2. Existing Animations Built in Blender or Maya – If you already have animations on objects built in other software, such as Blender. It would not make sense to redo the animations in Unity. Instead, you may import those animations and use them.
  3. Anything that Requires Extensive Rigging – Rigs can be placed on anything, but there are a lot of times where it may be unnecessary. Most of the time I only place rigs on organic models such as trees, characters, or pets. In those instances, I complete the animations in Blender as well and then import them into Unity.

Examples of When to Use Unity’s Animation System

Unity does have the capability to animate most items in a game. There may be times where it is absolutely necessary.

  1. Character Movement – Most character movement isn’t completed through traditional animation. You may have walk cycle animations or run cycle animations, but moving a character from point A to point B is completed through programming, often times using the Unity Navmesh system and Character Controller system.
  2. Doors Opening and Closing – Unity’s animation system is perfect for this. Model your door in Blender, import the asset into Unity, and then animate the pivot point using a keyframe system. It’s that simple.
  3. When You Are More Comfortable with Blender or Maya Animation – Simply put, use the animation system that you are most comfortable with. If you have no background already, then there may be opportunities for Unity to be a bit easier. That being said, if you are already a pro at animation using other software, then you should use it for everything! More than likely Unity will not speed you up much and importing animations is relatively simple.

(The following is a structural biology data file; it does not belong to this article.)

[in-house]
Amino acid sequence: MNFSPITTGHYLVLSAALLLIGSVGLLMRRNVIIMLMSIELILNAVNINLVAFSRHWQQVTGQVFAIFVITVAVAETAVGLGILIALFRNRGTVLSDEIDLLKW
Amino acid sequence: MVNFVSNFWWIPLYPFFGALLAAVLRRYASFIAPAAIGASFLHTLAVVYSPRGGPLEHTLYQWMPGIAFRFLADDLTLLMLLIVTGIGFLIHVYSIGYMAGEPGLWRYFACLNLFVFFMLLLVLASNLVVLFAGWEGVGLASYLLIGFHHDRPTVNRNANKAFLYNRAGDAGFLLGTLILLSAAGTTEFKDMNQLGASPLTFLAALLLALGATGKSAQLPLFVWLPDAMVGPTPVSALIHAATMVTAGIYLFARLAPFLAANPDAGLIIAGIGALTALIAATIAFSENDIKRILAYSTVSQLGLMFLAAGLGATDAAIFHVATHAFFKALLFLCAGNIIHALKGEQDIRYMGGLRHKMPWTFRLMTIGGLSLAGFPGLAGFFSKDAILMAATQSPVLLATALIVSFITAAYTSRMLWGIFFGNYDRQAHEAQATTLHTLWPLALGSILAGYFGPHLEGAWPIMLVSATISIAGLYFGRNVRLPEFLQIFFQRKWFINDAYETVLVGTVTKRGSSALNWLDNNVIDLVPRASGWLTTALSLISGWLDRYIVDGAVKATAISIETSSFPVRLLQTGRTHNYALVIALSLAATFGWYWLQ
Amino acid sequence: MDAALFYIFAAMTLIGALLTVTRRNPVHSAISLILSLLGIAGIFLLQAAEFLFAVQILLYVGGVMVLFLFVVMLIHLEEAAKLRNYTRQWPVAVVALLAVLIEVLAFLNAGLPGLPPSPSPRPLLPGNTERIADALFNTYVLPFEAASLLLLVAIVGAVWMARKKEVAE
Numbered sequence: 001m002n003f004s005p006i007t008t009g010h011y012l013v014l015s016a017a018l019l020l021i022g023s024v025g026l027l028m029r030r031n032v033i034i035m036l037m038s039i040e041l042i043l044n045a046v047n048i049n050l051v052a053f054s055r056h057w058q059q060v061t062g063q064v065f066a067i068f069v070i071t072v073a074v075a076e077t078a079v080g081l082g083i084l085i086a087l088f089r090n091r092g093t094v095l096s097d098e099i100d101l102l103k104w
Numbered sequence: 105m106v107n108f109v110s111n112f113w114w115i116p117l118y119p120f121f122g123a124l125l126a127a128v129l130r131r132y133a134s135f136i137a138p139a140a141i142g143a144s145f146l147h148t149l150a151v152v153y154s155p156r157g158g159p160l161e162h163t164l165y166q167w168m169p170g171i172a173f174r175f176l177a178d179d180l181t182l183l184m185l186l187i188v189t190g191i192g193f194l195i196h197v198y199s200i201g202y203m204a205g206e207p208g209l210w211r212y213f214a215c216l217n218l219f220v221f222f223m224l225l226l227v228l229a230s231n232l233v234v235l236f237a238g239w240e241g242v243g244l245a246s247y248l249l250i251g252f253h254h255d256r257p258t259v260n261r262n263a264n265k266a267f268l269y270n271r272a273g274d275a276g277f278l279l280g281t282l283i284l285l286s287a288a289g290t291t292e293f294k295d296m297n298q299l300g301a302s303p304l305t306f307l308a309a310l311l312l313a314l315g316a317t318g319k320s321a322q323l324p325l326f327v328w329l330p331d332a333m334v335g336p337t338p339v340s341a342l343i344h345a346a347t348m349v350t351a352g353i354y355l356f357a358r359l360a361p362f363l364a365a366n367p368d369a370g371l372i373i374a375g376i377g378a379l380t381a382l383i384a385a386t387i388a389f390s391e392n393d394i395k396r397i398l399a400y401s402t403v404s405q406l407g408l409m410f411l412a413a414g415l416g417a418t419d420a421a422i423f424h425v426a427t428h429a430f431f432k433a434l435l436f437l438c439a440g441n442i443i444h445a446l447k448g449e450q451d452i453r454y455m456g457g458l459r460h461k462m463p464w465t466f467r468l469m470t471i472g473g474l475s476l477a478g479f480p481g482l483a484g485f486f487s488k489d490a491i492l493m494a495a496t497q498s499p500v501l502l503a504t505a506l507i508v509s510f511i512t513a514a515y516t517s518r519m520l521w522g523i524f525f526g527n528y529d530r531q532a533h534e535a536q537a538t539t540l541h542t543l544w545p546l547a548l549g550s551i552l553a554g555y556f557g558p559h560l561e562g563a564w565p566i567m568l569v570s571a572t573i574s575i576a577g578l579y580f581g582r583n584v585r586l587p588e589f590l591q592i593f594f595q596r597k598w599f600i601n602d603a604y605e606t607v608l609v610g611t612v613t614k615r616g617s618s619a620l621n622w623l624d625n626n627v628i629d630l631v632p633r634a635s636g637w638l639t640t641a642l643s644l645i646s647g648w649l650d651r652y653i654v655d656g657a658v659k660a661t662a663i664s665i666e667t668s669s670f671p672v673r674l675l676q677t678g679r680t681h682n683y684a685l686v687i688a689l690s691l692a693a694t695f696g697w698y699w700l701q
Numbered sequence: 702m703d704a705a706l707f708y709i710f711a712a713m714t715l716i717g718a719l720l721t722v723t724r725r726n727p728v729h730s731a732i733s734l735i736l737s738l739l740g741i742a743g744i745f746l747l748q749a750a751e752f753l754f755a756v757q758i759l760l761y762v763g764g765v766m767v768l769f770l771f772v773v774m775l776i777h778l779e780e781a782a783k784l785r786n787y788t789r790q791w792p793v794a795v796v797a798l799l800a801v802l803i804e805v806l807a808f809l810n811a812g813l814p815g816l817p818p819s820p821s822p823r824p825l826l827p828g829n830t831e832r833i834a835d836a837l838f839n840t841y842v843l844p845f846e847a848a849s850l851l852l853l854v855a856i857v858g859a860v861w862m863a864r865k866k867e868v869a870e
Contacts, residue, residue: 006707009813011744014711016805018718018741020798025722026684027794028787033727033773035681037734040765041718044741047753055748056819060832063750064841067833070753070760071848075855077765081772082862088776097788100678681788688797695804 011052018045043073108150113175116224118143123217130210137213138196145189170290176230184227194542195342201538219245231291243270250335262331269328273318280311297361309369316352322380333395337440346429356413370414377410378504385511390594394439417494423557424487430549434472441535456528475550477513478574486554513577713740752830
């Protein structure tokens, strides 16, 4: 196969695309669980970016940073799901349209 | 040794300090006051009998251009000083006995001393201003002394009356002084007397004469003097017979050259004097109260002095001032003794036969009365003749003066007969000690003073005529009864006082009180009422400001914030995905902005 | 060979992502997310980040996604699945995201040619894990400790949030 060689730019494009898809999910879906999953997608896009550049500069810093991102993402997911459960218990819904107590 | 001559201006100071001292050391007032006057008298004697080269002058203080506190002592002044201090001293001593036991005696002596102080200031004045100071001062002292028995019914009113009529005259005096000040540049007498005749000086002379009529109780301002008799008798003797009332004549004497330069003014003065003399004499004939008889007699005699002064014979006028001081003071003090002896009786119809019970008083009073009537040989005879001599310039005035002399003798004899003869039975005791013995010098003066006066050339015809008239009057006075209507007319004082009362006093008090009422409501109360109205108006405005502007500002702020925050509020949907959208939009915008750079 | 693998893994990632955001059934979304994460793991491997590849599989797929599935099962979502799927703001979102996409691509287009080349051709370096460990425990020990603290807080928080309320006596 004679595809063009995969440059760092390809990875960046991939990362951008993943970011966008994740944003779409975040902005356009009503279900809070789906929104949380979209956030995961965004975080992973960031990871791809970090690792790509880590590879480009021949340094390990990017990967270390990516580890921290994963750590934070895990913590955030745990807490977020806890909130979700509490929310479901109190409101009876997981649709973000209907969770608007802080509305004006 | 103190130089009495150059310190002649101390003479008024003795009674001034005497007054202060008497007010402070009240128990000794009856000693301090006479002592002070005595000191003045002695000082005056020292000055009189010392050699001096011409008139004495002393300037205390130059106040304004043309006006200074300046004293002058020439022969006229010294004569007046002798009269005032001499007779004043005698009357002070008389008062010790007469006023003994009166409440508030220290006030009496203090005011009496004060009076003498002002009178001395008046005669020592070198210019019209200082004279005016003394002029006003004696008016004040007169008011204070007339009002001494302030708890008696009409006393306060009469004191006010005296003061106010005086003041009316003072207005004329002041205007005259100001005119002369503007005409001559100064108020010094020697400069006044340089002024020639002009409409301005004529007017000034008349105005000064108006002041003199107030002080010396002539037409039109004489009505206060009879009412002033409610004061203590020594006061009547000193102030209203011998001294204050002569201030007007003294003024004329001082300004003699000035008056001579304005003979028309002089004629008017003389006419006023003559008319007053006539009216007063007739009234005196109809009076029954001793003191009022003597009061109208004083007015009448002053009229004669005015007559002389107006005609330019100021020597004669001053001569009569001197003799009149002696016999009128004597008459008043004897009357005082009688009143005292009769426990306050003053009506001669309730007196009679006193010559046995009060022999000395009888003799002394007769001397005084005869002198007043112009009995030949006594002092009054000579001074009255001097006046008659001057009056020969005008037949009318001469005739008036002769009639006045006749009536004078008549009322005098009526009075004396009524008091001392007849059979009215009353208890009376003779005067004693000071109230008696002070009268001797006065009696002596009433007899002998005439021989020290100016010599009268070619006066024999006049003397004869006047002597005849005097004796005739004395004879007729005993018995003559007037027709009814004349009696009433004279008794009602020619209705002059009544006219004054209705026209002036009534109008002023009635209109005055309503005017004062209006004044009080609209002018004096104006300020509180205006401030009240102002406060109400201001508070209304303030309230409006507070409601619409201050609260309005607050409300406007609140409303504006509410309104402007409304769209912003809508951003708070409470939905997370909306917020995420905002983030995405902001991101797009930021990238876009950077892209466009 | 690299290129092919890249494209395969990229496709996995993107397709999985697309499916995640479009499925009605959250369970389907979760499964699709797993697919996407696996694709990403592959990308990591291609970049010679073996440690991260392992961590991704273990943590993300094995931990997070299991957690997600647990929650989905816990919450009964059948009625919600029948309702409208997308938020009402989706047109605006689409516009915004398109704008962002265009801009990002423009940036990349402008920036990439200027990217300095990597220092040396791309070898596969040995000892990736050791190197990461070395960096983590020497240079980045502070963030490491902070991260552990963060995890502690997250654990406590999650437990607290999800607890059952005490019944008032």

4. Basic A and B Changes – The great thing about animating in Unity is that you can literally animate almost anything. You can animate a light turning off and on. In fact, you can turn the light on slowly and turn the light off slowly. It could be a great way to make a “flickering light”. You can also animate user interface elements. Have you ever walked into a new area in a game and the name of the location appears on the screen and slowly fades? This is easiest accomplished through a basic animation in Unity and can be done in mere seconds.


I would recommend that even if you have experience in other software with animation that you still learn the basics of animating in Unity. The reason for this is because there are so many things that can be accomplished with basic animation that has nothing to do with moving a character or object. Fading lights, fading user interface elements, or even animating when to fade audio can be compelted through the Unity animation system. I can assure you, when comfortable with it, you will find plenty of use cases for it.

That being said, I think you will quickly go frustrated if you try to animate a character in Unity. I have found that Blender or Maya are far superior in working with characters or more detailed animations. The flexibility those applications have are pretty phenomenal. They are built for those use cases. Unity’s system is a bit more raw and bare bones. Great for beginners, but lacking for some of those more detailed areas.

Use what you feel most comfortable with most often. Everyone has a slightly different workflow on their projects. People may animate in different software and come up with the same result. It’s generally not about what software you are using, but how to use it.

If you have any questions about animating, I would love to hear from you! I also always enjoy seeing others projects. Feel free to reach out to me if you are interested in showcasing your work on the website!

Travis Tracy

Travis Tracy has spent 12 years in the 3D Design industry. In the evenings, he frequently spent time learning about programming, which ultimately led him into game development. In 2012, he became an instructor and continues to teach 3D Design and Game Development in Oklahoma.